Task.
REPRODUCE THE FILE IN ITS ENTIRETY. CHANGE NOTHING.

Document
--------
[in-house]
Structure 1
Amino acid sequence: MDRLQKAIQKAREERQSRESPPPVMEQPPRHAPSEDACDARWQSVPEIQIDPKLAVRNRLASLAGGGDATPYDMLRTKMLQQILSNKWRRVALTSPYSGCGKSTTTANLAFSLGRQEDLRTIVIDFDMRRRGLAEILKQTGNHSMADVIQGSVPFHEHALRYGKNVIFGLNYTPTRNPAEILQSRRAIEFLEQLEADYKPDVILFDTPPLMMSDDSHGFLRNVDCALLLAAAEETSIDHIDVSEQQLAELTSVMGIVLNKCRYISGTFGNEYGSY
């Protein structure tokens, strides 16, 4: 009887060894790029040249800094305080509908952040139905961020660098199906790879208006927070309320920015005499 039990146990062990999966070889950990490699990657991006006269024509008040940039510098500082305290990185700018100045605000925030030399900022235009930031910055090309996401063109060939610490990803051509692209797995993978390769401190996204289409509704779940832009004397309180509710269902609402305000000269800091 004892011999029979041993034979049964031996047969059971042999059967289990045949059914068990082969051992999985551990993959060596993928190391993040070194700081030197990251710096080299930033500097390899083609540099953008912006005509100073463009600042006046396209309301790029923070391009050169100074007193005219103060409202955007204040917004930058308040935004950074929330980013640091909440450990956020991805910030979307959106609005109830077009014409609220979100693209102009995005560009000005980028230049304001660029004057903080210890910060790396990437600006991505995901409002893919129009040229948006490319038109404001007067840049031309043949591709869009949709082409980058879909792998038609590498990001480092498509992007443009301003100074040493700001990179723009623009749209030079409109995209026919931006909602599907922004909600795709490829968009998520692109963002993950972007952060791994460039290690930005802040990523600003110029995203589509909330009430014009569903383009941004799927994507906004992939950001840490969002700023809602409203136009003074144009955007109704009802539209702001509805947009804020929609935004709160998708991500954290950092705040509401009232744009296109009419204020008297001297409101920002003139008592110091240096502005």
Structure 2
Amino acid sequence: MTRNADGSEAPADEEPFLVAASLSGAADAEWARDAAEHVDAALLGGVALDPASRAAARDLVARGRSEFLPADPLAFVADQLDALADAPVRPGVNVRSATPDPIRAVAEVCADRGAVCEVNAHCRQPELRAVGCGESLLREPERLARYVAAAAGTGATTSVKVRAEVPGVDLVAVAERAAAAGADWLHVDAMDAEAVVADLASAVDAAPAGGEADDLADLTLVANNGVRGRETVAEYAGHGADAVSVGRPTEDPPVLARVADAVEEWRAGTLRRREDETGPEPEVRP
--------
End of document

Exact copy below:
[in-house]
Structure 1
Amino acid sequence: MDRLQKAIQKAREERQSRESPPPVMEQPPRHAPSEDACDARWQSVPEIQIDPKLAVRNRLASLAGGGDATPYDMLRTKMLQQILSNKWRRVALTSPYSGCGKSTTTANLAFSLGRQEDLRTIVIDFDMRRRGLAEILKQTGNHSMADVIQGSVPFHEHALRYGKNVIFGLNYTPTRNPAEILQSRRAIEFLEQLEADYKPDVILFDTPPLMMSDDSHGFLRNVDCALLLAAAEETSIDHIDVSEQQLAELTSVMGIVLNKCRYISGTFGNEYGSY
């Protein structure tokens, strides 16, 4: 009887060894790029040249800094305080509908952040139905961020660098199906790879208006927070309320920015005499 039990146990062990999966070889950990490699990657991006006269024509008040940039510098500082305290990185700018100045605000925030030399900022235009930031910055090309996401063109060939610490990803051509692209797995993978390769401190996204289409509704779940832009004397309180509710269902609402305000000269800091 004892011999029979041993034979049964031996047969059971042999059967289990045949059914068990082969051992999985551990993959060596993928190391993040070194700081030197990251710096080299930033500097390899083609540099953008912006005509100073463009600042006046396209309301790029923070391009050169100074007193005219103060409202955007204040917004930058308040935004950074929330980013640091909440450990956020991805910030979307959106609005109830077009014409609220979100693209102009995005560009000005980028230049304001660029004057903080210890910060790396990437600006991505995901409002893919129009040229948006490319038109404001007067840049031309043949591709869009949709082409980058879909792998038609590498990001480092498509992007443009301003100074040493700001990179723009623009749209030079409109995209026919931006909602599907922004909600795709490829968009998520692109963002993950972007952060791994460039290690930005802040990523600003110029995203589509909330009430014009569903383009941004799927994507906004992939950001840490969002700023809602409203136009003074144009955007109704009802539209702001509805947009804020929609935004709160998708991500954290950092705040509401009232744009296109009419204020008297001297409101920002003139008592110091240096502005």
Structure 2
Amino acid sequence: MTRNADGSEAPADEEPFLVAASLSGAADAEWARDAAEHVDAALLGGVALDPASRAAARDLVARGRSEFLPADPLAFVADQLDALADAPVRPGVNVRSATPDPIRAVAEVCADRGAVCEVNAHCRQPELRAVGCGESLLREPERLARYVAAAAGTGATTSVKVRAEVPGVDLVAVAERAAAAGADWLHVDAMDAEAVVADLASAVDAAPAGGEADDLADLTLVANNGVRGRETVAEYAGHGADAVSVGRPTEDPPVLARVADAVEEWRAGTLRRREDETGPEPEVRP